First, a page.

{You and Heinz put 2.5 pounds of tomatoes on the table to enjoy at every meal boasted this vividly red ketchup dating to, or right around, the early 1960s. I wonder what the weight in today’s hefty 1.5 liter plastic bottles would be?}

{To learn more about a specific image, please click on it to be taken to its respective source.}

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Okay, at the risk of sounding terribly cliché, I really am in the mood for ketchup now! Here is Canada, one of the key foods that we use this robust tomato condiment on is Kraft Dinner macaroni and cheese, as well as mac and cheese in general, be it store bought or homemade. Like most countries we also use it on French fries, onion rings, hamburgers, hotdogs, and chicken nuggets/fingers, plus oodles of other dishes.

There's no shortage to the ways one can ultize ketchup, whether as a dipping sauce, condiment or ingredient in a dish itself (such as bbq ribs or pasta sauce). Here in my home and native land of Canada, we also have a long standing tradition of making a ketchup cake - which, much like tomato soup cakes, I promise you, you can't taste the ketchup in once it's baked.

Tomato ketchup is, and has long been, a fun, classic, readily available, generally inexpensive condiment. It's uses are endless and its sweet, subtle vinegar-y, pleasantly spiced tomato flavour has continued to appeal to generation after generation for many decades now (and in the case of Heinz's offering in particular, for 139 years), just as I suspect it always will.

So while I may no longer bat my little eyelashes and politely ask (re: beg) my grandma to have ketchup with my Thanksgiving dinner, I still adore and use it often. And on that note, I'm thinking that I'll whip up a turkey meatloaf tonight, with ketchup used as both an ingredient and topping (along with sharp cheddar cheese). Hey, one's tastes might evolve as they grow up, but that doesn't mean they have to change entirely! :D

November 18, 2014

My first photo shoot with the Pacific Ocean + thoughts on being recognized in public

Outfit details

White crochet snood: Handmade gift from a dear friend loving friend ♥
Hair flowers: Assorted sources
Gold bow earrings: Payless
1950s red plaid cropped shirt: eBay
Vintage red and gold anchor brooch: eBay (I think)
Red vintage style faux leather cross body bag: eBay
1940s style side button jeans: Freddies of Pinewood
Gold tone metal bangle bracelets: Payless
Red and black vintage plastic bangles: Assorted sources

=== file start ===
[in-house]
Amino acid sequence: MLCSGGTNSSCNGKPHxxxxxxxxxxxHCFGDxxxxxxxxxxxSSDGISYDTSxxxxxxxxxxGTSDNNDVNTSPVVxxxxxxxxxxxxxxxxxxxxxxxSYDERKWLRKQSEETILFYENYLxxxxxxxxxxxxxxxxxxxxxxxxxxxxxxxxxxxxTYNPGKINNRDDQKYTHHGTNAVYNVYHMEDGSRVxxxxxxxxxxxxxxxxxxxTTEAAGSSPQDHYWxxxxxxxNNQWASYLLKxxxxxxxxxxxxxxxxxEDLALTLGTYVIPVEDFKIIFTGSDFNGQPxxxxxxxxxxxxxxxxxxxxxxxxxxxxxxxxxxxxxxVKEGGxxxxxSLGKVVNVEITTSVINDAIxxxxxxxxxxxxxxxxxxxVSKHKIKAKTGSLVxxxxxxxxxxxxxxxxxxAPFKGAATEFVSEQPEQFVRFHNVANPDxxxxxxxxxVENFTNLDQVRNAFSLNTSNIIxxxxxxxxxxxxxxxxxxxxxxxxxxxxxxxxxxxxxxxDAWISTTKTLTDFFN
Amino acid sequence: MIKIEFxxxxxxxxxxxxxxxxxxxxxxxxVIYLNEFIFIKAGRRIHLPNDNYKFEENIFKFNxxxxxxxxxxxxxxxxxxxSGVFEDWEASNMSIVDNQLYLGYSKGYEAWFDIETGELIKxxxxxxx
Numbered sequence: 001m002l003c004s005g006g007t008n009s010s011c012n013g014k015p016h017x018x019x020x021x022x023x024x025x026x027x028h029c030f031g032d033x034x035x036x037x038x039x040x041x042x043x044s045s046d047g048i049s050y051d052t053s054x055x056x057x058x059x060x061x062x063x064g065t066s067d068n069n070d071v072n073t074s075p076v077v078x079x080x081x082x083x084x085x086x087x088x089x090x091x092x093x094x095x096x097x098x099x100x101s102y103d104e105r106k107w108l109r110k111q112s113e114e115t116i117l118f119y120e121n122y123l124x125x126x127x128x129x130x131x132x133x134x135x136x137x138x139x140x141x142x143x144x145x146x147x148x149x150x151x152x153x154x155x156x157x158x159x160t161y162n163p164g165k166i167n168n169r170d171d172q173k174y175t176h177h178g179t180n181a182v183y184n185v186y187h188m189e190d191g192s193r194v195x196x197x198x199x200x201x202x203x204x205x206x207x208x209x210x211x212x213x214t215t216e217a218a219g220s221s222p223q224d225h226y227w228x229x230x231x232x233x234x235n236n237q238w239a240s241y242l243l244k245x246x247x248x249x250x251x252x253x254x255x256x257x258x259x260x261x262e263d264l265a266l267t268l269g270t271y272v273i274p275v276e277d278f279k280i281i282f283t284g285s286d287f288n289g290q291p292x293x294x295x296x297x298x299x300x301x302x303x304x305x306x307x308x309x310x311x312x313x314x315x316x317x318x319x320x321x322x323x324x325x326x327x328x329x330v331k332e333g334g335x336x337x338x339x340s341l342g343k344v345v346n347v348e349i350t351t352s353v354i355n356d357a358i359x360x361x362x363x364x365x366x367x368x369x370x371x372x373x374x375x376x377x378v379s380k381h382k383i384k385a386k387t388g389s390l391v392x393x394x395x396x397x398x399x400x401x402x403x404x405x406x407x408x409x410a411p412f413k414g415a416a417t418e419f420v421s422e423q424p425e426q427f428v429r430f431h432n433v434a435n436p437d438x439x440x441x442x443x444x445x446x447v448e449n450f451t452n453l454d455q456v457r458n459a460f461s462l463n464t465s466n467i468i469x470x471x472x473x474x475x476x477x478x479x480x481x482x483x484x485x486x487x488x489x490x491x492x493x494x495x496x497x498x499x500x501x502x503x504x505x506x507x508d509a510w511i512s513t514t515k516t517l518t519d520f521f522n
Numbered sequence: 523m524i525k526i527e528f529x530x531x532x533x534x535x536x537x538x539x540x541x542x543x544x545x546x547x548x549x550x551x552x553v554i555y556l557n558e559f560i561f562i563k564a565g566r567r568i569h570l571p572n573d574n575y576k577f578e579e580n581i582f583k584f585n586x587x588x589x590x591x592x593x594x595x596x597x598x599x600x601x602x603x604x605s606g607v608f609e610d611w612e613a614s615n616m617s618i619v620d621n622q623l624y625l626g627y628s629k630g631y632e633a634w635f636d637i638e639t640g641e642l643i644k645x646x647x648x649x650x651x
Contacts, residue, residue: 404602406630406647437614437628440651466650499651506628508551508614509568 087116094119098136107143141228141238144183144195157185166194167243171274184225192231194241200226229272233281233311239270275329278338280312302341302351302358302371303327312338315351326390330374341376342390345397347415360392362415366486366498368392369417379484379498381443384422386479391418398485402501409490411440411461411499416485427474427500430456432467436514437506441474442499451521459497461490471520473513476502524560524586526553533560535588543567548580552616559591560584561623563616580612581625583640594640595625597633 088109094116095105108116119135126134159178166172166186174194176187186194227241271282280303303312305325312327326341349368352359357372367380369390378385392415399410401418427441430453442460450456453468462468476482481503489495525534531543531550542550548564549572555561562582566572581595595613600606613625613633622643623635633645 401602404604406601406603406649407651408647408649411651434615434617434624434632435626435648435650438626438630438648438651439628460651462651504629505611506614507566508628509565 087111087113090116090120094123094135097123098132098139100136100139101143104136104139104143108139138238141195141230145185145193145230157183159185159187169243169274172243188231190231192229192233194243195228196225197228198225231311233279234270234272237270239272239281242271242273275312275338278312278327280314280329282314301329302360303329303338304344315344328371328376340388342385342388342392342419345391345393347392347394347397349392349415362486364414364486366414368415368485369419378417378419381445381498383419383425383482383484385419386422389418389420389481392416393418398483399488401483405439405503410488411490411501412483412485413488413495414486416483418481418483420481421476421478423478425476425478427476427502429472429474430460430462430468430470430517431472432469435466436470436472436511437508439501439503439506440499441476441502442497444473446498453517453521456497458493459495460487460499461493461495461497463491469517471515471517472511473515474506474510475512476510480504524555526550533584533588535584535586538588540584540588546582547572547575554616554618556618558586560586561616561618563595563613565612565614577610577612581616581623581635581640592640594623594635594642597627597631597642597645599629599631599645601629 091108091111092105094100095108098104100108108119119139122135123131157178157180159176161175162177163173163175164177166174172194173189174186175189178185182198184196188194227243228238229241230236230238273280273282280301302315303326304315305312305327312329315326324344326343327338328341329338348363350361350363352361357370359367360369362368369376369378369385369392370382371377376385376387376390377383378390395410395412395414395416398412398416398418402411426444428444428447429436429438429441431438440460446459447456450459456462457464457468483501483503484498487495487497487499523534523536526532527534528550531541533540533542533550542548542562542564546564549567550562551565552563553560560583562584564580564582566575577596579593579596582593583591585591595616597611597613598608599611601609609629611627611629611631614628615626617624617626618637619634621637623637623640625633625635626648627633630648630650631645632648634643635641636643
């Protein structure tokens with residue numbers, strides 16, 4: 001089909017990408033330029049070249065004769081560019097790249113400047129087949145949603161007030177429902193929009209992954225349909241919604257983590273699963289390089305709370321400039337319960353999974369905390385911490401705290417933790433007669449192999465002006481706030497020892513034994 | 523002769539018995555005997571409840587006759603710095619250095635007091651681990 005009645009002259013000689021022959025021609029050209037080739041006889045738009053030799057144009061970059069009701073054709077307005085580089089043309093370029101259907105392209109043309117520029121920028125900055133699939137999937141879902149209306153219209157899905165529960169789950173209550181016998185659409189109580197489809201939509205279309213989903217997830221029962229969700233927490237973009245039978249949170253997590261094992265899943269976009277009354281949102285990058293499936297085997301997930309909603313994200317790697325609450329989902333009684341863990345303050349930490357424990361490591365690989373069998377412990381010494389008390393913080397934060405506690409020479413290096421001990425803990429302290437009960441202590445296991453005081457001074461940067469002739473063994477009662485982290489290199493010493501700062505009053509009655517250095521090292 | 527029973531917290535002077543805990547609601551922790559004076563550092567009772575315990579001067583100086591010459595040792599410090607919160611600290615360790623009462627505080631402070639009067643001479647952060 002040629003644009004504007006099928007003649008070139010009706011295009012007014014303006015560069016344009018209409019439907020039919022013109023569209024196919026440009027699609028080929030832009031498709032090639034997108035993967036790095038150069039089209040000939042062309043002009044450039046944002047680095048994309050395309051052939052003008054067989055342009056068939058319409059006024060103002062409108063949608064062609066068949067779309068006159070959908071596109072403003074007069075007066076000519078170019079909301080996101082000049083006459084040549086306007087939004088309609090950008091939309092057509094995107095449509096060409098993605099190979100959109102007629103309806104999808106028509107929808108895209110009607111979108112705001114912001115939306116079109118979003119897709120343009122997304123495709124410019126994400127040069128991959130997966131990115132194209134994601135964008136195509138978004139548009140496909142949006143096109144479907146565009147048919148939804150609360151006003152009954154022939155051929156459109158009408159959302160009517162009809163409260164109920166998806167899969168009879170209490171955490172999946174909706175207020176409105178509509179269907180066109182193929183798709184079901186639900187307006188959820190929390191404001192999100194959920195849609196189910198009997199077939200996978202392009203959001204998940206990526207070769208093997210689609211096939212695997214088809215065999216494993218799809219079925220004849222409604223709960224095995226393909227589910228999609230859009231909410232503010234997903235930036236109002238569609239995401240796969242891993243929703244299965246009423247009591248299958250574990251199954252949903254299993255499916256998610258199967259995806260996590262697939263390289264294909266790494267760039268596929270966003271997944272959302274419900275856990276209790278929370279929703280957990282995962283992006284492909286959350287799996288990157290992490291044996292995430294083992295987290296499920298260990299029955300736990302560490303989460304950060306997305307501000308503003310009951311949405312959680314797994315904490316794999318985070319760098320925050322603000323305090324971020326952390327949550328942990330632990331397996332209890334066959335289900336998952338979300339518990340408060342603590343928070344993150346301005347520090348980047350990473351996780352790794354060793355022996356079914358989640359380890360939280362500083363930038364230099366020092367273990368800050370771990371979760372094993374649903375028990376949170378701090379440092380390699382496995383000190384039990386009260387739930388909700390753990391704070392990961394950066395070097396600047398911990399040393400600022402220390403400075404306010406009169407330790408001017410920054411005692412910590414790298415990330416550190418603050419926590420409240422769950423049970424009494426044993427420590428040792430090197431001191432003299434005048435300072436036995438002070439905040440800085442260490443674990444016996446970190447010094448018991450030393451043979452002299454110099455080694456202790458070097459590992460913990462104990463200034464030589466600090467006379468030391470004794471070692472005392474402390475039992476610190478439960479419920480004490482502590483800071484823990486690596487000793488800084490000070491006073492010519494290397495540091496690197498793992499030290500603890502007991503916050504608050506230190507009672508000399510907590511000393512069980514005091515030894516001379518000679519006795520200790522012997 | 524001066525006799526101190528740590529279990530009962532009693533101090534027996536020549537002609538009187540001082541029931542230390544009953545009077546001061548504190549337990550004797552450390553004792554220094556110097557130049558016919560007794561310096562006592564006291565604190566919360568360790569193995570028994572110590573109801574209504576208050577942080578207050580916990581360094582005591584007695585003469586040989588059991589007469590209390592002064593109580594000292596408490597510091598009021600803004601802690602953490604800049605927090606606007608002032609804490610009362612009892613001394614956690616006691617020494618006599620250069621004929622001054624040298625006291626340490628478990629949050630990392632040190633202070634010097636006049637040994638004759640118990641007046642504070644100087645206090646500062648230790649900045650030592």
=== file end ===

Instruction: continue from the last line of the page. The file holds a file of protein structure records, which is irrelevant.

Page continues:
Black 1940s style oxford shoes: Thrifted (from Salvation Army)
Lip colour: MAC Russian Red

Photography by Tony Cangiano

Fame is a funny thing. It can be fleeting, fickle, fantastic, funny, fabulous, and, for some, even infuriating. I don't have any firsthand (or even secondhand) experience with mainstream fame in in the slightest. As someone who is mind blowingly shy and uber introverted, I was definitely not the kind of child who longed for a career in that could project me in such a direction (say, like a singer or actress).

No, in my youngest days I wanted to be either a nurse or a doctor, then as my childhood progressed and straight on into my teens, I was 100% certain I wanted to be a chef (and I adamantly believe I would have gone on to be one had I not fallen severely chronically ill about a month after my 18th birthday).

It's theoretically possible that those career paths, particularly that of being a chef, could have led to fame, but it would not have been the driving reason behind why I wanted that job at all. My life, as you likely know, did not end up with me wearing a stethoscope nor (in a professional capacity) standing in front of a hot stove all day. It took many detours and was eerily silent some years, when I was too ill to bring home even so much as one piece of proverbial bacon.

I worked numerous jobs in my late teens, but from my 20s onward, I have been self-employed (a heading under which I include working, and drawing a wage from, being employed by the online media company that my husband and I run) for every job I've held, including during my mid-twenties when I was a part-time professional photographer (I job I loved with every fiber of my being, but unfortunately had to step back from because of the continued worsening of some of my medical conditions).

These days, on top of working for Netrich Media, I have the incredible pleasure and honour - which I do not take for granted for one tiny second - of being a professional vintage blogger and Etsy vintage shop owner. I get to spend my days writing about, photographing (thus indulging in that passion of mine in an awesome new way), wearing, discussing, shopping for, researching, and surrounding myself with vintage. It a job that I can do from home when my health permits and which I truly adore and feel grateful for.